Results. We collected 1110 tweets originating from 576 unique Twitter users. More individuals (65.6%) than organizations (32.9%) tweeted. More tweets focused on individual behavior than environment or policy. Few government and educational tweeters were in the network, but they were more likely than private individuals to be followed by others.
Conclusions. There is an opportunity to better disseminate evidence-based information to a broad audience through Twitter by increasing the presence of credible sources in the #childhoodobesity conversation and focusing the content of tweets on scientific evidence.
Twitter peut parfois se transformer en addiction compulsive. Beaucoup d’utilisateurs qui ont vu leur communauté croître doucement mais surement ont leurs yeux rivés régulièrement sur leurs chiffres. Combien de nouveaux followers et surtout combien de followers sont partis. C’est la règle sur Twitter on gagne des followers mais on en perd aussi au fil du temps et des hauts et des bas de sa timeline.
The shortage of blood donors and increased demand for blood is an important health issue. Finding ways to increase donor recruitment and retention is a priority and, thus, an important area for research. This article aims to better understand donors and nondonors on the basis of their social responsibility, susceptibility to interpersonal influence, involvement in and attitude towards the blood donation issue, and their aroused feelings. The data from 345 completed surveys were collected via a web-based, self-administered method. Mean differences were examined and the conceptual model was tested via structural equation modeling. The findings provide important clarification of donation and nondonation behavior.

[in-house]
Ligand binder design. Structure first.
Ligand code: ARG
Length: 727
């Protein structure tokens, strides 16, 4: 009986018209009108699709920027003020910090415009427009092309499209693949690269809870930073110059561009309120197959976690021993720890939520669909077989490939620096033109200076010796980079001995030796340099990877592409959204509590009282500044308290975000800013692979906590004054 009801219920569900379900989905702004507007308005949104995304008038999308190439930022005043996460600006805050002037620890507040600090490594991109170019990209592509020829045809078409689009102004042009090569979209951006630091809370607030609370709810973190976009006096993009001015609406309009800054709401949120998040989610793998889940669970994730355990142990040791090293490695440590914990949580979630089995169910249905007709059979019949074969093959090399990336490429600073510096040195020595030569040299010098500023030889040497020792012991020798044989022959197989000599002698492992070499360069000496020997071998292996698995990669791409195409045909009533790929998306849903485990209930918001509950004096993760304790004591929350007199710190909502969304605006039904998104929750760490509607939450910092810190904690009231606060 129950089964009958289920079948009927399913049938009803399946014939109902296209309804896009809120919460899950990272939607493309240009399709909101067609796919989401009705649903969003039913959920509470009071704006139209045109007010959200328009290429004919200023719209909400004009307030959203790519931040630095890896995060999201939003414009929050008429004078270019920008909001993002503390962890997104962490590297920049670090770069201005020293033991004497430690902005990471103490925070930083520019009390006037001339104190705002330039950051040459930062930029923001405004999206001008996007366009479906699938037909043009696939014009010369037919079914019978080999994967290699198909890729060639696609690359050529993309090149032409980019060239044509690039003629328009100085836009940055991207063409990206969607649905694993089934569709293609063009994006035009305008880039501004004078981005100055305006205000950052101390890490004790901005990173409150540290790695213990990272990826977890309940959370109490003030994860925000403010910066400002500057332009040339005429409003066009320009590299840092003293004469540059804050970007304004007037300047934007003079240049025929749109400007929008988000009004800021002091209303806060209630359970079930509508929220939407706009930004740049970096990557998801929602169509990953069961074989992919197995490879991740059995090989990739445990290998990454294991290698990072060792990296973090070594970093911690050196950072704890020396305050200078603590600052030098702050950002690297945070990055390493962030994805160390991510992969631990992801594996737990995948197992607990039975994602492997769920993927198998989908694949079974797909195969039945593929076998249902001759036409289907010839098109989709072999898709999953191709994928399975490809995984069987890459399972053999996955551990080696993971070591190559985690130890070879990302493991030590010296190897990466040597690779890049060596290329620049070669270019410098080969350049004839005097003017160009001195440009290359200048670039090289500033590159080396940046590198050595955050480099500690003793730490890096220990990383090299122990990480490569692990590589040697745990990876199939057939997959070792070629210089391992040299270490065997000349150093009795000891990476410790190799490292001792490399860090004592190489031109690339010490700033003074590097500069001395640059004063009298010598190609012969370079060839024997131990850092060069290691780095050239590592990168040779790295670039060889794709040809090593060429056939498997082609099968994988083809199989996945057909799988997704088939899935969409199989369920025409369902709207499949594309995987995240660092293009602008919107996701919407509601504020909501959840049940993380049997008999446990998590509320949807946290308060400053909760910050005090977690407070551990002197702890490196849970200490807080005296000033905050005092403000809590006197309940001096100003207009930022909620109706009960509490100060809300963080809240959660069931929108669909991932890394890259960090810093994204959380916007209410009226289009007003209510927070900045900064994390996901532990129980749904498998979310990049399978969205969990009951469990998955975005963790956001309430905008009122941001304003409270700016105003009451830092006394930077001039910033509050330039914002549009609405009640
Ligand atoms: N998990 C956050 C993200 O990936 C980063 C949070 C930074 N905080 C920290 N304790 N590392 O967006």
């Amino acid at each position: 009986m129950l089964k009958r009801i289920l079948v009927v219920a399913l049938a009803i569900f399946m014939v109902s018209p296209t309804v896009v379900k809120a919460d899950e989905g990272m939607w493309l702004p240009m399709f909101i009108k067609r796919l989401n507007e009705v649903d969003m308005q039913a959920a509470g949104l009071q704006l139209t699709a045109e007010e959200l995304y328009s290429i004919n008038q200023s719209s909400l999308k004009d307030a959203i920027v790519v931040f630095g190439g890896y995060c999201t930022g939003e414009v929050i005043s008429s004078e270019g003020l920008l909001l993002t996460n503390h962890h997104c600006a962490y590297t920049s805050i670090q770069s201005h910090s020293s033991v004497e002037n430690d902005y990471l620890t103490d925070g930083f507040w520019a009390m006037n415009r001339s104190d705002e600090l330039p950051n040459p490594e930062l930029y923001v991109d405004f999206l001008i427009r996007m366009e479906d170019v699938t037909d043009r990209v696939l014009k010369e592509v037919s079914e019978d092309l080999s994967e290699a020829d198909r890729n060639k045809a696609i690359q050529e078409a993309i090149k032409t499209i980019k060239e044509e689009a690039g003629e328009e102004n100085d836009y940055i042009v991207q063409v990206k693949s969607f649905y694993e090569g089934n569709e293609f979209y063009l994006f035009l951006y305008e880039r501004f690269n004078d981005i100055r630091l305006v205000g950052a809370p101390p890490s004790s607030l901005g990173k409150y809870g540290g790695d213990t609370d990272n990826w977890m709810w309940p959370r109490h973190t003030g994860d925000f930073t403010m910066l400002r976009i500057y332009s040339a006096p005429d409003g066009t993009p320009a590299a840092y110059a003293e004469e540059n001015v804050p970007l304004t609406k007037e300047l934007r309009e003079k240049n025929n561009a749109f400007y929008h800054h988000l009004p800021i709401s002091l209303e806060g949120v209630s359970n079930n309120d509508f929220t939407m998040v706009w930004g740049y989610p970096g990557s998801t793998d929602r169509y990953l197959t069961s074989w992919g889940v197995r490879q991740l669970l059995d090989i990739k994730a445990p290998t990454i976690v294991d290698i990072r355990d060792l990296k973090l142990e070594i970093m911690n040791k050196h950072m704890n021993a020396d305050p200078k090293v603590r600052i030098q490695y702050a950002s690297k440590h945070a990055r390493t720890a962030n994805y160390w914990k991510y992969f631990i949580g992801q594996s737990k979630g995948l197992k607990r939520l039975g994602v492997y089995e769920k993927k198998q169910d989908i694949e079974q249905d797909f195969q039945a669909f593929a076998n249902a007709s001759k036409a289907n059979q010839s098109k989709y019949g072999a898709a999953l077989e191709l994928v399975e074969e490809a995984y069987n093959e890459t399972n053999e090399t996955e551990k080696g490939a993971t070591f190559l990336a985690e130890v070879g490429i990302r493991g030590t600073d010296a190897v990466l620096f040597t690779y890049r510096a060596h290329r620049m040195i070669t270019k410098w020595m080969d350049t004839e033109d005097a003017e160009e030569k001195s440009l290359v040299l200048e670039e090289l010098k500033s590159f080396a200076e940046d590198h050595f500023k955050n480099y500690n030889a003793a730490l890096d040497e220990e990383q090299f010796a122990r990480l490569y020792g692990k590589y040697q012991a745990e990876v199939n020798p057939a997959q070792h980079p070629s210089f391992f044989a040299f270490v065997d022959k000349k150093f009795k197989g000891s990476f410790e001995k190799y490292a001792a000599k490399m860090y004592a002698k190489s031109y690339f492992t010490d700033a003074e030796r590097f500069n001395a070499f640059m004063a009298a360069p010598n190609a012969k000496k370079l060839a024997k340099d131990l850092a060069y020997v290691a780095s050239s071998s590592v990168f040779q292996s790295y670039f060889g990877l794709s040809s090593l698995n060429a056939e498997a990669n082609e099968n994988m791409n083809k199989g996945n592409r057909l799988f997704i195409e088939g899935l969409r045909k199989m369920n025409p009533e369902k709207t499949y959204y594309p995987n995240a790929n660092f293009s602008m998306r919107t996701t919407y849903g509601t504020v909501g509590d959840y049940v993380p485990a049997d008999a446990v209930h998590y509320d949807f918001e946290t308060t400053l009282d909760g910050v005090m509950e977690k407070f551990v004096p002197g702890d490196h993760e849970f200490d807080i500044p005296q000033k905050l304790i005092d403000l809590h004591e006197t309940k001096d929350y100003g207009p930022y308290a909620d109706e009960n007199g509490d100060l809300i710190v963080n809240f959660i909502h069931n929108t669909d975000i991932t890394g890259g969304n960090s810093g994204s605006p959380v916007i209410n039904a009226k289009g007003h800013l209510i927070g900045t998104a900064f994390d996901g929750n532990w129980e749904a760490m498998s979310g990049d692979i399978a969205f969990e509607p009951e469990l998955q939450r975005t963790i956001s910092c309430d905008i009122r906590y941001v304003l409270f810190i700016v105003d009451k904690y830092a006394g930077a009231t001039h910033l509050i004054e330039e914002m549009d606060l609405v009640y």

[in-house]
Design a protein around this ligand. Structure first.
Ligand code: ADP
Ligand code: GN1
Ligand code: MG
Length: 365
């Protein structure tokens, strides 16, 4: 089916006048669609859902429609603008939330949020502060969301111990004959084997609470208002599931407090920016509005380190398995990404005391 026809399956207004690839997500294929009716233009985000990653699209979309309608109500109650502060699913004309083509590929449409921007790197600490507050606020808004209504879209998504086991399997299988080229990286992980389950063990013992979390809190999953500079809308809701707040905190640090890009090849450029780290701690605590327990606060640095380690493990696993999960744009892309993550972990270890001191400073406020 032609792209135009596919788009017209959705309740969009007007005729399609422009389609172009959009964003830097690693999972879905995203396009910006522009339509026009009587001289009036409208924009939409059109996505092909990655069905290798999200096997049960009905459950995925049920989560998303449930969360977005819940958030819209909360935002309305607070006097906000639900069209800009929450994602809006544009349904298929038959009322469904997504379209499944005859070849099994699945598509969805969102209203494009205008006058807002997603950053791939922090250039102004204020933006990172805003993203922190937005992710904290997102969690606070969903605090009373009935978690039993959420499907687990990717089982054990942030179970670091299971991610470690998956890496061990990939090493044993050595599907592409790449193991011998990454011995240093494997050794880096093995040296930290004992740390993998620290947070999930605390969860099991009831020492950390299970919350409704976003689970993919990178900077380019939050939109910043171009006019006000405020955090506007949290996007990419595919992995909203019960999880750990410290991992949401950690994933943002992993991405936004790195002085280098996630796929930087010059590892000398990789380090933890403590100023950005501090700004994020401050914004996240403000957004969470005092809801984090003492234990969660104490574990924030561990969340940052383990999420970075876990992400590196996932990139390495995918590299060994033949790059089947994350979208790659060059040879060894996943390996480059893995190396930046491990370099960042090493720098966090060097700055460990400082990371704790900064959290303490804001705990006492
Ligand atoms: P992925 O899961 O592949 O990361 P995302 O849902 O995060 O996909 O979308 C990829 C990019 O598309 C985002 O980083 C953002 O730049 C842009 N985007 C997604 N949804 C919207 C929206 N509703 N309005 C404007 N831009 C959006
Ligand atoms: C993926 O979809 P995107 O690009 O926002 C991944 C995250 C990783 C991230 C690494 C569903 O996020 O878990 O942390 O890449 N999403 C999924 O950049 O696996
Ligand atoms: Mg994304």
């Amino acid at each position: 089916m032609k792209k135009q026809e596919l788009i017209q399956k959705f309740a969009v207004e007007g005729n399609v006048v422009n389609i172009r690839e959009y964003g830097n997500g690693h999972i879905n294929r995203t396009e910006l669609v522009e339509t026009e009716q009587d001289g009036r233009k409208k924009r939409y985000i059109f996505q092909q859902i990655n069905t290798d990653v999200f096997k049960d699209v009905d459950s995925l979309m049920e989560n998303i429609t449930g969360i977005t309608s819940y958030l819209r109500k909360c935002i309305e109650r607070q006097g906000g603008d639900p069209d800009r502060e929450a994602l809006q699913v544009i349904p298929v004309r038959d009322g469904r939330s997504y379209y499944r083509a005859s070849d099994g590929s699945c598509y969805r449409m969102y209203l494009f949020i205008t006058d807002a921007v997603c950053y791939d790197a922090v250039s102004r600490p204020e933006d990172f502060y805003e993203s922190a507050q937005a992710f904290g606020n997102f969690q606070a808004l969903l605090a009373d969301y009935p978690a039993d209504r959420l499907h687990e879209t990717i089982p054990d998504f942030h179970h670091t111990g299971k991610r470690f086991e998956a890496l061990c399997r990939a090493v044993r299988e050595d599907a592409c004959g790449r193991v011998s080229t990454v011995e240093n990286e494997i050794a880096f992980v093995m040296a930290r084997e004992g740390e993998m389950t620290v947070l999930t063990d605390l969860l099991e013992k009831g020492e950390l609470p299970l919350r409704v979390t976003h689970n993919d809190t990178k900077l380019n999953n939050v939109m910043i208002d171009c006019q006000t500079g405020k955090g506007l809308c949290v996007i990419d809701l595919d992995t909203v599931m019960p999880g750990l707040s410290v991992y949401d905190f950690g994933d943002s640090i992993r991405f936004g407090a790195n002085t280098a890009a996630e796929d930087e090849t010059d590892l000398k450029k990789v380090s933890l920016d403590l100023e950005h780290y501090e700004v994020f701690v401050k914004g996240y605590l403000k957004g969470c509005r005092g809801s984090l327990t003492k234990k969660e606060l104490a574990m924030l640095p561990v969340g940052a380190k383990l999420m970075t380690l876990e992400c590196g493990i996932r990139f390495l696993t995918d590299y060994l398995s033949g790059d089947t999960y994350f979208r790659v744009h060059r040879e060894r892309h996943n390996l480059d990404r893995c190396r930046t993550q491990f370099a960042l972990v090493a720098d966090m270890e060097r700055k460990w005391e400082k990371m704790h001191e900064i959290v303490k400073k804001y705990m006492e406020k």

A public forum on how social media could be used to connect the general public with health professionals and health policy makers, held in Vancouver in February, generated more than 1.5 million impressions on Twitter and trended strongly in Canada that night.
The session was co-organized by the BC Patient Safety & Quality Council (BCPSQC) and the UBC Faculty of Medicine eHealth Strategy (eHSO) Office. In addition to excellent participation of an in-person audience and an online webcast, the hashtag #sm4health achieved 1.59 million impressions on Twitter.
This enthusiastic online participation via Twitter signified the popularity of this topic and the public’s strong interest in exploring how this medium can contribute to quality of health communication and dialogues.
The public forum opened with BC Minister of Health Terry Lake, and the Executive Associate Dean of the Faculty of Medicine, Dr. David Snadden.
eHSO Director Dr. Kendall Ho welcomed the audience and BCPSQC Executive Director Christina Krause (pictured) gave a keynote presentation to share her personal story of why she became involved in patient safety and quality in healthcare.
In particular, the BCPSQC (@BCPSQC) has used social media to gather best practices and suggestions through World Sepsis Day by engaging global participation via Twitter.
Next on the agenda, Dr. Keith White, physician co-lead for the Shared Care Polypharmacy initiative of the Doctors of BC/MoH, offered a specific case example of how polypharmacy – giving more medications to a patient than clinically required or appropriate – can cause more harm than good.